• Facial pain (including craniomandibular disorders)
  • Headache
  • Hypertension, essential
  • Hypotension, primary
  • Induction of labour
  • Knee pain
  • Leukopenia
  • Low back pain
  • Malposition of fetus, correction of
  • Morning sickness
  • Nausea and vomiting
  • Neck pain
  • Pain in dentistry (including dental pain and temporomandibular dysfunction)
  • Periarthritis of shoulder
  • Postoperative pain
  • Renal colic
  • Rheumatoid arthritis
  • Sciatica
  • Sprain
  • Stroke
  • Tennis elbow

Diseases, symptoms or conditions for which the therapeutic effect of acupuncture has been shown but for which further proof is needed:

  • Abdominal pain (in acute gastroenteritis or due to gastrointestinal spasm)
  • Acne vulgaris
  • Alcohol dependence and detoxification
  • Bell’s palsy
  • Bronchial asthma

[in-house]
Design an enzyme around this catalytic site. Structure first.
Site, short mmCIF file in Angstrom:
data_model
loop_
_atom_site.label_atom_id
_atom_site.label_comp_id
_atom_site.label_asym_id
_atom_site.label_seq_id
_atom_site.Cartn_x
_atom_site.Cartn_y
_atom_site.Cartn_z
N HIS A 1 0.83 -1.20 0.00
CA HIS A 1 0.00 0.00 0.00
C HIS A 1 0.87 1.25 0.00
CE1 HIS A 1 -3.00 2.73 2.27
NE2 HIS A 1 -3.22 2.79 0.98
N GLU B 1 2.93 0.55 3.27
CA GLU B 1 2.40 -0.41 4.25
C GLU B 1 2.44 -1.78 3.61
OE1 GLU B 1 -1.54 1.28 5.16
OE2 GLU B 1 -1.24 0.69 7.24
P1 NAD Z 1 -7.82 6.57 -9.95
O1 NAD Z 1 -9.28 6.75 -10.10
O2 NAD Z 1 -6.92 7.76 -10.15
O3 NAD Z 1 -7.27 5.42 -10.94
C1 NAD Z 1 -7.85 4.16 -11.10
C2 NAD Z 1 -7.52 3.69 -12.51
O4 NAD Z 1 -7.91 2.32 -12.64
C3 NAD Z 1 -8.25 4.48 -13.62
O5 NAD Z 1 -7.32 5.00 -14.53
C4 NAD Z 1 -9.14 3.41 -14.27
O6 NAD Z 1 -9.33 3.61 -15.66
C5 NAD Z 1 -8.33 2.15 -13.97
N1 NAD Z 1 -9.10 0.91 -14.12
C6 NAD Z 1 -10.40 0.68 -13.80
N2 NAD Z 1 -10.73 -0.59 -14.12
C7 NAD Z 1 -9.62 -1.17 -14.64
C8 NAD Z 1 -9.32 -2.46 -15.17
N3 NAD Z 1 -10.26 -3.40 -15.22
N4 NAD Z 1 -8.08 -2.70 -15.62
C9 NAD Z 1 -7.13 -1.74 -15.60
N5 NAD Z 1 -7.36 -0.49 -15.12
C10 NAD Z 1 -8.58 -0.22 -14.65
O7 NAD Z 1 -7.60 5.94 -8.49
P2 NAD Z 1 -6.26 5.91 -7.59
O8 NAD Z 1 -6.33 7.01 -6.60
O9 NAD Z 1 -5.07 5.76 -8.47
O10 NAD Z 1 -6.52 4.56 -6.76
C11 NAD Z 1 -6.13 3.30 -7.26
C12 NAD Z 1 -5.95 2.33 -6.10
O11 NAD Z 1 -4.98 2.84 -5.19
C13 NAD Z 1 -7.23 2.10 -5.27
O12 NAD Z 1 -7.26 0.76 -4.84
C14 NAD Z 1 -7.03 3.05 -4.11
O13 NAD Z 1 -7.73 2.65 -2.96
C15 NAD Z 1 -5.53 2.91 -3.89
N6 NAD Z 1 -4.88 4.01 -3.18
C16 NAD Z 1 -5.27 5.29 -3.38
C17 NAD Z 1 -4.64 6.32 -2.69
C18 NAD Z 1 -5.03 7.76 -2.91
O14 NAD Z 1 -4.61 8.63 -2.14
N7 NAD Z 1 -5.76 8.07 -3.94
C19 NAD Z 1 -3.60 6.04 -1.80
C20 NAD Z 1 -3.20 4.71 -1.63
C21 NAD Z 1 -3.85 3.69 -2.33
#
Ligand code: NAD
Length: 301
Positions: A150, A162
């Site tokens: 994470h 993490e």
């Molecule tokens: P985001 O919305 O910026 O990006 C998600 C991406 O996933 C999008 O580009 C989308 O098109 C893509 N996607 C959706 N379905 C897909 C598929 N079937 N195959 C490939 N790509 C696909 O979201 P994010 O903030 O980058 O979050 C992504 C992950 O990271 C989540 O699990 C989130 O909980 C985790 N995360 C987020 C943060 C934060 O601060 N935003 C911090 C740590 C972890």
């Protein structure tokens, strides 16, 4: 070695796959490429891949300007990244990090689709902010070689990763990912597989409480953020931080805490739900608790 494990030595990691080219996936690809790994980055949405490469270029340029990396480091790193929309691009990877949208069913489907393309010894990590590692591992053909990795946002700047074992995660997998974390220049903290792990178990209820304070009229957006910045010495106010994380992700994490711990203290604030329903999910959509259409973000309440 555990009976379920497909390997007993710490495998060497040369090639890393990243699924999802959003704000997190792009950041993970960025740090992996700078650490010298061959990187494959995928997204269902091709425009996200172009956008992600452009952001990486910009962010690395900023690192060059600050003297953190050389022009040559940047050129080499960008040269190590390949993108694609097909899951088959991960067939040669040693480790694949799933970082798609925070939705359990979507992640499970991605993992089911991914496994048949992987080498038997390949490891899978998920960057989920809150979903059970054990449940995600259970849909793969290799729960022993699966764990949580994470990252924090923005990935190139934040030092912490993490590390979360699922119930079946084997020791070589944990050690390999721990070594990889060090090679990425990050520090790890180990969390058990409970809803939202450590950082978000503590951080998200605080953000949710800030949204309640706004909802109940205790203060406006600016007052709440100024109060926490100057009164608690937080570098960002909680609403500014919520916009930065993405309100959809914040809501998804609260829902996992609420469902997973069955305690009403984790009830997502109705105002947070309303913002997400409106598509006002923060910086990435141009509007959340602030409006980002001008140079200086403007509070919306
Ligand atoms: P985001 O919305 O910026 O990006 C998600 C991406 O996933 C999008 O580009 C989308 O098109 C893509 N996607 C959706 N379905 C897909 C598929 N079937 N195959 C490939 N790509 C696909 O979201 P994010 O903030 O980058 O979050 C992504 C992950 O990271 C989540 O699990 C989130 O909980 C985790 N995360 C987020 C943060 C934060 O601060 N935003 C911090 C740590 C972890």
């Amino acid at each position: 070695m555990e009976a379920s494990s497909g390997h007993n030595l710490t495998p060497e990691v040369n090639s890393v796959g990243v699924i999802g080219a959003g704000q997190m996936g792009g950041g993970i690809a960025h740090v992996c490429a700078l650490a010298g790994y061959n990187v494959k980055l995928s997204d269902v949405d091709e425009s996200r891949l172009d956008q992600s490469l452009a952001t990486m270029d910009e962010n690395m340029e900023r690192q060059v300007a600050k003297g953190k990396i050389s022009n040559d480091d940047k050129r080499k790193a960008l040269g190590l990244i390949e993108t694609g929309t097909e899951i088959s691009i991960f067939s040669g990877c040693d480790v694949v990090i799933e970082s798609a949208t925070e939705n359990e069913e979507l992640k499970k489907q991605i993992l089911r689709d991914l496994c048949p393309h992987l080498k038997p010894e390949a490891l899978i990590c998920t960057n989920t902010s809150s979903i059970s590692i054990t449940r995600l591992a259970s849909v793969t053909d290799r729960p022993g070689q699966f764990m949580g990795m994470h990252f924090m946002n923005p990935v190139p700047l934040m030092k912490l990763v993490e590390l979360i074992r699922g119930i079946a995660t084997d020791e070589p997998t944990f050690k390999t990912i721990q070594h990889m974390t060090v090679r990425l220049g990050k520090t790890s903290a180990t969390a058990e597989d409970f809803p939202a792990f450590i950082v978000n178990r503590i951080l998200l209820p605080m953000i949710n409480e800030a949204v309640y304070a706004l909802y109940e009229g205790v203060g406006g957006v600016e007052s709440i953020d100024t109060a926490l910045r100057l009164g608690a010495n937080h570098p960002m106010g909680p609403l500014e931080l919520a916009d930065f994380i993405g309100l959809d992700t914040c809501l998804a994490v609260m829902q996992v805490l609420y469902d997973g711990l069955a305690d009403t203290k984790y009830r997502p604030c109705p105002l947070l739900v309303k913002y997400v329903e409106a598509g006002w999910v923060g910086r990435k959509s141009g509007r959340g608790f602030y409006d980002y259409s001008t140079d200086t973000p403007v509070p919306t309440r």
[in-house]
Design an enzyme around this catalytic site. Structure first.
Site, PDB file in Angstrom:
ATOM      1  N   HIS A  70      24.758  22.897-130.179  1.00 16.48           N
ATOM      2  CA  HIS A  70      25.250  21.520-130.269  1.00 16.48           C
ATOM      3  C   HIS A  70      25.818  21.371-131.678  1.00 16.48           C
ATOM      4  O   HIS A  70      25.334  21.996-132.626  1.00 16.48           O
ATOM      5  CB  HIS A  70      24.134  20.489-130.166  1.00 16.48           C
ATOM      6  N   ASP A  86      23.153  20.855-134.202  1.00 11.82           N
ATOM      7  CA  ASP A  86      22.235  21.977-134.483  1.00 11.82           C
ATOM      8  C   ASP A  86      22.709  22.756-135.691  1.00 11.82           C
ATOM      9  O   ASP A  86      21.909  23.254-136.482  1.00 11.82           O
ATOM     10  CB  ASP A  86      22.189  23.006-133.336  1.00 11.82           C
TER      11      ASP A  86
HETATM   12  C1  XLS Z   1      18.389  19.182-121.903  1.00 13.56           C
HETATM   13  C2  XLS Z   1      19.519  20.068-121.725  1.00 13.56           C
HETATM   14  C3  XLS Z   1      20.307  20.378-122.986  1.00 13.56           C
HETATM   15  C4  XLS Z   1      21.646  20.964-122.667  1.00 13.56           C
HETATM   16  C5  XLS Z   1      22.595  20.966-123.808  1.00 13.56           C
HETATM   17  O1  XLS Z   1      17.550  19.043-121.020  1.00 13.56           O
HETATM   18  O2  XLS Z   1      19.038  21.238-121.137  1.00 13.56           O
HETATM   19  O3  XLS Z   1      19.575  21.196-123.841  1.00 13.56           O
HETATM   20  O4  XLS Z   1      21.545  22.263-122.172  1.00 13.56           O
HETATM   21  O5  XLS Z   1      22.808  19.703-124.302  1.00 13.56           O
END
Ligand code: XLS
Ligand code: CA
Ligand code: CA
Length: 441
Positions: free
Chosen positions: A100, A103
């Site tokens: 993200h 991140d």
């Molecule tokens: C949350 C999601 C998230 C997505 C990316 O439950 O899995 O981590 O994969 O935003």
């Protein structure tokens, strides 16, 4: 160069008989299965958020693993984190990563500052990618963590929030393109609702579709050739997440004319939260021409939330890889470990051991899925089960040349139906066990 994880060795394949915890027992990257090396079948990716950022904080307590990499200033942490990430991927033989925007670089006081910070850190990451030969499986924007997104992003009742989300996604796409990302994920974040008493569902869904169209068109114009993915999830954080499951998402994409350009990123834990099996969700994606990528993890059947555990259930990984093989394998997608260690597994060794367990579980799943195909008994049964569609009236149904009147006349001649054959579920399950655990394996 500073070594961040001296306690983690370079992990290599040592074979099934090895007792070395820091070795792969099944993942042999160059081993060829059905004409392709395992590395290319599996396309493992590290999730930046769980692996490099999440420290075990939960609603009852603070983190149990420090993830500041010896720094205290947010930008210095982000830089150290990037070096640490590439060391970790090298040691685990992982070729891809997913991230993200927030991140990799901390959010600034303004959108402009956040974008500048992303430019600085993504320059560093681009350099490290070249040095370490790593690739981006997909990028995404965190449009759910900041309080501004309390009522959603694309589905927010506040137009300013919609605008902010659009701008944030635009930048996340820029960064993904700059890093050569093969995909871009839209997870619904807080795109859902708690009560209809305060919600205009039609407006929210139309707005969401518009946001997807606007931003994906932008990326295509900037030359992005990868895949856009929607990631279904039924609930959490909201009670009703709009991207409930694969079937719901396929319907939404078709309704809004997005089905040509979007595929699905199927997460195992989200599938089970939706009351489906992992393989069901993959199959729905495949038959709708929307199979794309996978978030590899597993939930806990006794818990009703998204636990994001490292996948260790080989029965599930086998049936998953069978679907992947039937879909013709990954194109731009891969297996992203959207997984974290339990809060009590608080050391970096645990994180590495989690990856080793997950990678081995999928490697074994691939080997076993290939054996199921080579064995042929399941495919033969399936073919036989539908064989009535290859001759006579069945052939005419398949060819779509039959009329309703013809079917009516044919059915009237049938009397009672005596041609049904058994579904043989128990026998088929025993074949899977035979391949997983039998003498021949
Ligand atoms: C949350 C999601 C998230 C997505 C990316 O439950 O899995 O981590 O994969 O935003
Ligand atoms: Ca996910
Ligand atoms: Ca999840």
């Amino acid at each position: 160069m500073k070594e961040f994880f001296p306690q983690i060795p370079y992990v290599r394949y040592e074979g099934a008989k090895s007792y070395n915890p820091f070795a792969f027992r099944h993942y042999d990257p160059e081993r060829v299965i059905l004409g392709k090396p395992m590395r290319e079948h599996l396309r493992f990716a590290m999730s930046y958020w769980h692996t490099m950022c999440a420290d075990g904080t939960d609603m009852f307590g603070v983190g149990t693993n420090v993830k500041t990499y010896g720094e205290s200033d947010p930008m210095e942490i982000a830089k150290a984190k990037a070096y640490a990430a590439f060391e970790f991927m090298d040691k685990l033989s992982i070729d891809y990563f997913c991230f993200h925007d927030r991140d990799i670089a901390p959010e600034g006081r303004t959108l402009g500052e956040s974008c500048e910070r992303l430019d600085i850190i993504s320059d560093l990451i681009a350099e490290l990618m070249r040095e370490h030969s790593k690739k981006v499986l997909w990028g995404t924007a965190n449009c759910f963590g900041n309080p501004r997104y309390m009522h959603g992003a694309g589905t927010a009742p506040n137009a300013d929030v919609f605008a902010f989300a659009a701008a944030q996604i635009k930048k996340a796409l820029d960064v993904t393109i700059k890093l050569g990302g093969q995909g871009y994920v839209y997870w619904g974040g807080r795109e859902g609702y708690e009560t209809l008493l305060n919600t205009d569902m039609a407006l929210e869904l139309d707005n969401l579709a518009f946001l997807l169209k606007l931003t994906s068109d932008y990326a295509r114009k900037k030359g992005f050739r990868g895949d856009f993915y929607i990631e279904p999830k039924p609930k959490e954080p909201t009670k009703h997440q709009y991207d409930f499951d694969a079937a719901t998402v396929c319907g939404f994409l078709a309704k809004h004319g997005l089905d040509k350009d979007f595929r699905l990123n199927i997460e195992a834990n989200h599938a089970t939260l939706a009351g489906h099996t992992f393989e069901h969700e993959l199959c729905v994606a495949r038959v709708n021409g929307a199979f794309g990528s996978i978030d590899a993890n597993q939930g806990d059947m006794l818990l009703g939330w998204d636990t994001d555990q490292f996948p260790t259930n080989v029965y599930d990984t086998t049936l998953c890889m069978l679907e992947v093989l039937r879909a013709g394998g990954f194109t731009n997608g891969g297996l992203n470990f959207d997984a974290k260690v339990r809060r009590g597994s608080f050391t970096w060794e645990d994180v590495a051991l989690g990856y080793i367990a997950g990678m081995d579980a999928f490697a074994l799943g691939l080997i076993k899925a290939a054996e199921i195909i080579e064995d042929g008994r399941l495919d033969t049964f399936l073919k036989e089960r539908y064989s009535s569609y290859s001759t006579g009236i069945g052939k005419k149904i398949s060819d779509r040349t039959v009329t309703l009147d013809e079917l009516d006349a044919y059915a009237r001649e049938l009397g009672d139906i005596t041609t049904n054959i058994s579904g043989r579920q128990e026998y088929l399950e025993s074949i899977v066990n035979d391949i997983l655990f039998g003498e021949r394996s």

• Cancer pain
  • Cardiac neurosis
  • Cholecystitis, chronic, with acute exacerbation
  • Cholelithiasis
  • Competition stress syndrome
  • Craniocerebral injury, closed
  • Diabetes mellitus, non-insulin-dependent
  • Earache
  • Epidemic haemorrhagic fever
  • Epistaxis, simple (without generalized or local disease)
  • Eye pain due to subconjunctival injection
  • Female infertility
  • Facial spasm
  • Female urethral syndrome
  • Fibromyalgia and fasciitis
  • Gastrokinetic disturbance
  • Gouty arthritis
  • Hepatitis B virus carrier status
  • Herpes zoster (human (alpha) herpesvirus 3)
  • Hyperlipaemia
  • Hypo-ovarianism
  • Insomnia
  • Labour pain
  • Lactation, deficiency
  • Male sexual dysfunction, non-organic
  • Ménière disease
  • Neuralgia, post-herpetic
  • Neurodermatitis
  • Obesity
  • Opium, cocaine and heroin dependence